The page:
It’s also refreshing to watch a horror film where the protagonist’s friends actually help rather than being utter twats, so it has that going for it.

7. Me and Earl and the Dying Girl
I’ve always been a sucker for American teen indie movies. At least one makes it into my top 10 every year and 2015 is no different.

It isn’t a huge surprise in hindsight that this one stands out. Greg is a self-conscious, overly analytical teen who is obsessed with film partly as a way of hiding from real life, who is reluctant to truly trust anyone as a friend and has an awkward relationship with a girl that toes the line between platonic and romantic. Yeah can’t possibly think why I connected with this.

The film centres around Greg and his friend Earl, whose superficially unlikely friendship is driven by a shared love for films, producing their own wonderfully immaturely titled parody efforts (A Sockwork Orange and Raging Bullshit being personal favourites). Greg’s world is complicated by his mum’s insistence that he spends time with Rachel, a girl diagnosed with Leukaemia.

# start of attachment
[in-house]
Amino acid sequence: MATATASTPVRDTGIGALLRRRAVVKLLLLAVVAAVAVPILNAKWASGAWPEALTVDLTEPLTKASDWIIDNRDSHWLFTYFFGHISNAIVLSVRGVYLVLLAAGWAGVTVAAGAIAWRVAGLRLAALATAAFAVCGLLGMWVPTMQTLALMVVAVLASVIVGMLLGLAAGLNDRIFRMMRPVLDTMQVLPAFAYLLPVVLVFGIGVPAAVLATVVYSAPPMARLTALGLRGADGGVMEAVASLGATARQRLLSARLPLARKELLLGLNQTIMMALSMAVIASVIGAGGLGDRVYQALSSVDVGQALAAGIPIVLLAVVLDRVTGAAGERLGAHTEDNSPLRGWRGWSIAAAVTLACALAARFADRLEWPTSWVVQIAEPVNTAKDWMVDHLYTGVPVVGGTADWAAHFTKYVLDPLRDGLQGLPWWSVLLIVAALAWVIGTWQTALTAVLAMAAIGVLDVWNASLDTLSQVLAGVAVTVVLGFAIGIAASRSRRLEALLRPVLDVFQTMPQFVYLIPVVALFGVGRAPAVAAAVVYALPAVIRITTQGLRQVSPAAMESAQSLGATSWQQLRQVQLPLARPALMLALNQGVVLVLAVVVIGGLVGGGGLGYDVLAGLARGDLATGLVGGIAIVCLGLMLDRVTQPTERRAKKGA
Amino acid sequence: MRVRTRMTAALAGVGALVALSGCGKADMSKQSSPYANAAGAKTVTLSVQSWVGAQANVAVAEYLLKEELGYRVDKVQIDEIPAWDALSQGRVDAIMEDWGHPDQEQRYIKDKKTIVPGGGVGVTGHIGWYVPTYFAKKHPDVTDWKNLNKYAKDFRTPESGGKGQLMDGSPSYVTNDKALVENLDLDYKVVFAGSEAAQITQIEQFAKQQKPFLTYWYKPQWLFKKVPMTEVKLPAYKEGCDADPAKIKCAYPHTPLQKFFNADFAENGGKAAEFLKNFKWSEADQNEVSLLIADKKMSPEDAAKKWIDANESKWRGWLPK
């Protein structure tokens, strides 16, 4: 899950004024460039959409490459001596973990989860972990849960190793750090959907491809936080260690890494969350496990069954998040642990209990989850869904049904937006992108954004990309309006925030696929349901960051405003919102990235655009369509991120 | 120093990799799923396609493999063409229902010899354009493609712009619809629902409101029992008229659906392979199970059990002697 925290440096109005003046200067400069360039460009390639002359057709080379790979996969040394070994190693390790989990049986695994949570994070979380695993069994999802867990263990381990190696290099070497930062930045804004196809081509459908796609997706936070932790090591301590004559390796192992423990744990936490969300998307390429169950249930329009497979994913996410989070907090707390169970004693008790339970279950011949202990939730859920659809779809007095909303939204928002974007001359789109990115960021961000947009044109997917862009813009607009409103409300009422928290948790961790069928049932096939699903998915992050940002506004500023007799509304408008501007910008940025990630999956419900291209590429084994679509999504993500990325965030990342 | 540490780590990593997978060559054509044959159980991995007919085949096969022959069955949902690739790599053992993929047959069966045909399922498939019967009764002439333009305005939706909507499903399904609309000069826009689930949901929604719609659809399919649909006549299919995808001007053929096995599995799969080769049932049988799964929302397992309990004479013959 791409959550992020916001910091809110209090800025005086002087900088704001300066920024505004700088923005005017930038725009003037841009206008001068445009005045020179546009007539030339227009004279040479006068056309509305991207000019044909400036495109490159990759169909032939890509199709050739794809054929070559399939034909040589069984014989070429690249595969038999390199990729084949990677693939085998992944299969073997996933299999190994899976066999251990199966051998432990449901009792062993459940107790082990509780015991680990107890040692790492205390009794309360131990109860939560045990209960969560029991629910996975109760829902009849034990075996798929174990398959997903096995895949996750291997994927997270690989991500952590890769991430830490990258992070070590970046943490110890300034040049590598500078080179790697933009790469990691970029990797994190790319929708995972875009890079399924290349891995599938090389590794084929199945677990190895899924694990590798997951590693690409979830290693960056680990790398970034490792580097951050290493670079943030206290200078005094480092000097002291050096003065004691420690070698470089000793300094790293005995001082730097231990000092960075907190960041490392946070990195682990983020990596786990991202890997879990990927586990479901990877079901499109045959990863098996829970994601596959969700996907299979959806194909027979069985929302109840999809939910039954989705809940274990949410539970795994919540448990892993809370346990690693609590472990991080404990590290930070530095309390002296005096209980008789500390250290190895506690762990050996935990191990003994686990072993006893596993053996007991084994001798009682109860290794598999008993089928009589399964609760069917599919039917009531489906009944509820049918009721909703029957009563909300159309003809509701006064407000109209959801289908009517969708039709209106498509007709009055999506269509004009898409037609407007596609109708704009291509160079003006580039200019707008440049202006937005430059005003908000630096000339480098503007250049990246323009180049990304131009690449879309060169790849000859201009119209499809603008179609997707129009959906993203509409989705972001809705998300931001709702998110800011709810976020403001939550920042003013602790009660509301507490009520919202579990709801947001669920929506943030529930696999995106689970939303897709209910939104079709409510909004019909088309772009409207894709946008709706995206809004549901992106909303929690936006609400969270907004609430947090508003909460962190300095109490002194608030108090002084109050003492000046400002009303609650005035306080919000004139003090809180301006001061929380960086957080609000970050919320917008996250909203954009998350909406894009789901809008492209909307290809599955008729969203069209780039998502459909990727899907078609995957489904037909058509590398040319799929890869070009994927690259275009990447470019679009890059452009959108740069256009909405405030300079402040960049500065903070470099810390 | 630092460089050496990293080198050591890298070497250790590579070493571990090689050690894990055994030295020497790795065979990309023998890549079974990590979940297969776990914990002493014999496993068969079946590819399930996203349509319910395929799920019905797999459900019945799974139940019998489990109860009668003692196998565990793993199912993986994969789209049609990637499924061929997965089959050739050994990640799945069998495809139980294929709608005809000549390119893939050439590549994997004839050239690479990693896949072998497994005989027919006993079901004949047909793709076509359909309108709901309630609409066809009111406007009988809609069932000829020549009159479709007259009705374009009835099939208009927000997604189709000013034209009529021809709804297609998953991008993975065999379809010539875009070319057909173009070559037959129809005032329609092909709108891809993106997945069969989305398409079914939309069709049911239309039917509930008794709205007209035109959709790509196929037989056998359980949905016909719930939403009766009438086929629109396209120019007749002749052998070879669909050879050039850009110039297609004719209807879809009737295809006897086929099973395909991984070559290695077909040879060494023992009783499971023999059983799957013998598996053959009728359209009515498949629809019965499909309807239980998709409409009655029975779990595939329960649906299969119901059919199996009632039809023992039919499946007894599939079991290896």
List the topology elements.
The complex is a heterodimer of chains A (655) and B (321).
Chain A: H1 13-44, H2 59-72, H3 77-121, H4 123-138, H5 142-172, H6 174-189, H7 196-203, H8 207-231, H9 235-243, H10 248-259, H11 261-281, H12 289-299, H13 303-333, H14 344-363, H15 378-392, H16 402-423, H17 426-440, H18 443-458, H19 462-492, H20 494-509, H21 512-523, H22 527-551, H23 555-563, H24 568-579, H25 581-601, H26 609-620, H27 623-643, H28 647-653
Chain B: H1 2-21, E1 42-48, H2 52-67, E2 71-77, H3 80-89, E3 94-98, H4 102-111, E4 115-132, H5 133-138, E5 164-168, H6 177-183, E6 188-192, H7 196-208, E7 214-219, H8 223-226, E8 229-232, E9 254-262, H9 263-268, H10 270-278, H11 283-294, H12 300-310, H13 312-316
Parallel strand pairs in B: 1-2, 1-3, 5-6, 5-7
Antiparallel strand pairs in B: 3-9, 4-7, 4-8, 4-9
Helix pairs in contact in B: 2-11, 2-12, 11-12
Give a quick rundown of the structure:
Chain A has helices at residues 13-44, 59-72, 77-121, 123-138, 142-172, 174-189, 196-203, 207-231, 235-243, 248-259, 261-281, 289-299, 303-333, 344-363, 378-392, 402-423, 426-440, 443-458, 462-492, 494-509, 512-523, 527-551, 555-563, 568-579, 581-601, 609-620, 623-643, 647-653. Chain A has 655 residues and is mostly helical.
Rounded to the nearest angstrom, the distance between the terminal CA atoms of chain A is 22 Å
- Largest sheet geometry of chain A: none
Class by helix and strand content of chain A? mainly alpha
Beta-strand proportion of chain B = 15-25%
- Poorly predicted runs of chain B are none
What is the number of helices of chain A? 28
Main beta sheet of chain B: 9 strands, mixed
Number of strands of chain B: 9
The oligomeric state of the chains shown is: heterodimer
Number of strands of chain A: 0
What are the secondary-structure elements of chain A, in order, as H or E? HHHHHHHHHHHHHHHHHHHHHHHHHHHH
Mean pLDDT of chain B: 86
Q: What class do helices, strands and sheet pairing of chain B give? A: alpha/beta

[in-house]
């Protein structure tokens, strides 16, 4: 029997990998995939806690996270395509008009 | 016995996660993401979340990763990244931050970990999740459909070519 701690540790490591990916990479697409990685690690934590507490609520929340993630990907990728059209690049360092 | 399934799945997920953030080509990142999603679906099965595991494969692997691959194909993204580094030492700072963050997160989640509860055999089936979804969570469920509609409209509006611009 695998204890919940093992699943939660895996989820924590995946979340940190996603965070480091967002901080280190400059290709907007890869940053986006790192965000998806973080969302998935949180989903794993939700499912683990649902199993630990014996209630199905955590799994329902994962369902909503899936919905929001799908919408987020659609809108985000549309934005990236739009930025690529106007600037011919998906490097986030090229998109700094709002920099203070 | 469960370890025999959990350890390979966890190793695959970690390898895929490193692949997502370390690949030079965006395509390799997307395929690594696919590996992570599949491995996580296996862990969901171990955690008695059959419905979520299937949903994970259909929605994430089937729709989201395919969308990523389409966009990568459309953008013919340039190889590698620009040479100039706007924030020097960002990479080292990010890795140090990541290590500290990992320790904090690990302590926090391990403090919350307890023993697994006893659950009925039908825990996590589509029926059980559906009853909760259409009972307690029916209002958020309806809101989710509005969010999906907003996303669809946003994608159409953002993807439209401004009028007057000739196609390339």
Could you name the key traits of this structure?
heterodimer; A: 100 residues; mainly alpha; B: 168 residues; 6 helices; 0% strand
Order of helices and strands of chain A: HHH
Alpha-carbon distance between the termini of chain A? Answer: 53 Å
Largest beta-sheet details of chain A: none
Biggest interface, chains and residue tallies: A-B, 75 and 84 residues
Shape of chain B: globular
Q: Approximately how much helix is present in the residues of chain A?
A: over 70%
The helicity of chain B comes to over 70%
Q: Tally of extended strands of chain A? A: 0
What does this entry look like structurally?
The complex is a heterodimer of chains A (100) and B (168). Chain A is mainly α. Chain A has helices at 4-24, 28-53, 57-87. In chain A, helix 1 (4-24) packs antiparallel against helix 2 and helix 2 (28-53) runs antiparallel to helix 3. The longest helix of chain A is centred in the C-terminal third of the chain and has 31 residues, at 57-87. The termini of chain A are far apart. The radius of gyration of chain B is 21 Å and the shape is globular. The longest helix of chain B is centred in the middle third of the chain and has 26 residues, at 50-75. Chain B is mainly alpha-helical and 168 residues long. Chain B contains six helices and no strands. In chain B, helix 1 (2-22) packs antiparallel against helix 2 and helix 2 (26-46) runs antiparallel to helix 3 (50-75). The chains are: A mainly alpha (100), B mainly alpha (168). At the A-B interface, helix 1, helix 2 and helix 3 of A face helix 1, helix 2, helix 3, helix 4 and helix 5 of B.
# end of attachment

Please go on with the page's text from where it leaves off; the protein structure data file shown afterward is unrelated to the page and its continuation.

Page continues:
What follows is a refreshingly honest, awkward exploration of teenage relationships that largely manages to avoid the melodramatic pitfalls that the film’s title might make many people think of. A healthy dose of sarcasm and cynicism keeps the film just the right side of the emotionally manipulative line and gives the moments of honest emotion real power because they feel earned.

Funny and sweet in equal measure, if you want a subtler and more emotional evening I can’t recommend this highly enough.

6. The Martian
This film was a glorious surprise (here we are again with expectations, it’s almost like I planned it this way), delivering so far beyond the level I thought it might when I saw the trailers.

Ridley Scott has directed enough truly great films that I will watch anything he’s attached to at least once but there’s no point pretending that it hasn’t been a while since he delivered something really special (Black Hawk Down or Gladiator arguably, so nearly 15 years either way).

The Martian is a return to form for Scott, a film that crosses genres freely as it combines comedy, thriller, sci-fi and drama with real glee. I tend to love films that resist being pigeon holed and The Martian is no exception. It had more moments that made me laugh out loud in the cinema than the majority of outright comedy films in recent memory, had space travel sequences as thrilling as anything Interstellar offered and delivered some great sit and talk argument scenes where some of the best of the current character actor crop (Daniels, Ejiofor, Wiig & Wong) argued about the next move. Plus it’s great to see Sean Bean in a different type of role than I’ve become used to but keeping his accent.